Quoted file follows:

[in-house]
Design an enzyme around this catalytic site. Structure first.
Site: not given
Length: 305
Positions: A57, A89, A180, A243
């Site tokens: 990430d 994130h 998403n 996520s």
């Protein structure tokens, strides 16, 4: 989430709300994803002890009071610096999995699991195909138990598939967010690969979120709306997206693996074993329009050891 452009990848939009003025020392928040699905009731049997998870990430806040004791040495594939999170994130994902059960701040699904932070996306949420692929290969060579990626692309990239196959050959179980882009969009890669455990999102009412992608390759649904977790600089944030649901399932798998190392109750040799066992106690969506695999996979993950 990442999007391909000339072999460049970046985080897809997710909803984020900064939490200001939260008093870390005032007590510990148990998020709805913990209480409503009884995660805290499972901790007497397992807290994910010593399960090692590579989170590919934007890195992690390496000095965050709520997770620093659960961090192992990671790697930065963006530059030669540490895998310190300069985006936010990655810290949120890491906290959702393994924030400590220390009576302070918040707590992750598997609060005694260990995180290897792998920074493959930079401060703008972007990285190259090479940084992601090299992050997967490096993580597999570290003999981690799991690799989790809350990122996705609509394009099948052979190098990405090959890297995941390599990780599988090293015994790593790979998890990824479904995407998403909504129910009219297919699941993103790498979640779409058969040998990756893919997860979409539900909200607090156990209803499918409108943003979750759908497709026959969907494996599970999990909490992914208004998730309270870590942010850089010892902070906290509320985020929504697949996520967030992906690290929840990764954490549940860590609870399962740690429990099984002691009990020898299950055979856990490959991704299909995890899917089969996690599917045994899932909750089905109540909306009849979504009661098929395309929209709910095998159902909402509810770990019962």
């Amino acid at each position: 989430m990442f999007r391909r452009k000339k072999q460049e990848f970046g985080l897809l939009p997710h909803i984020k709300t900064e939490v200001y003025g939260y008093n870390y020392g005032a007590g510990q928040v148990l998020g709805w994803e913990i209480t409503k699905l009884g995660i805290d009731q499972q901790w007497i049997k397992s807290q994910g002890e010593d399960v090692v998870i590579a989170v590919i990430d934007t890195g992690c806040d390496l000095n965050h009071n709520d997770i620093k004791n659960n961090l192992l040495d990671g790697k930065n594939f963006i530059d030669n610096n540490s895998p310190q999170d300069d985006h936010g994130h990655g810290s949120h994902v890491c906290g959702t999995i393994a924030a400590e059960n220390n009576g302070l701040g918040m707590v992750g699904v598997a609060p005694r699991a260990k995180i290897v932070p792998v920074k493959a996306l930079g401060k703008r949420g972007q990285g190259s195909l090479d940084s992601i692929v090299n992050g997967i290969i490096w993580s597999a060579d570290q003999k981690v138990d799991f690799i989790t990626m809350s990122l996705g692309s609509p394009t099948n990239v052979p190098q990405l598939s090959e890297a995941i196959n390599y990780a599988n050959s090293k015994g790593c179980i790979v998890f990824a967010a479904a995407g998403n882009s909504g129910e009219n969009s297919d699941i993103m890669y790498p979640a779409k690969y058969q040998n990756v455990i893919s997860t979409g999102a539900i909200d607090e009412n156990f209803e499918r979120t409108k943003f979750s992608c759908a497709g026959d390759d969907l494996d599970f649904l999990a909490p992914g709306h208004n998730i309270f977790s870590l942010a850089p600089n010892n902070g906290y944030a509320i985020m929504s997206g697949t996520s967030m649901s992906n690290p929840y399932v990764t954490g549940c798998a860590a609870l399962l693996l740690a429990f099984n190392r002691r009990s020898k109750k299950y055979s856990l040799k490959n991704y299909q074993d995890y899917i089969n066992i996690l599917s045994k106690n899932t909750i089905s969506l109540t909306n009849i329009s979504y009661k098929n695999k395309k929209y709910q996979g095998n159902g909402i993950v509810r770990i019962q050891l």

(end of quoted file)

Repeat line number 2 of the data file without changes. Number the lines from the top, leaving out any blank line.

Design an enzyme around this catalytic site. Structure first.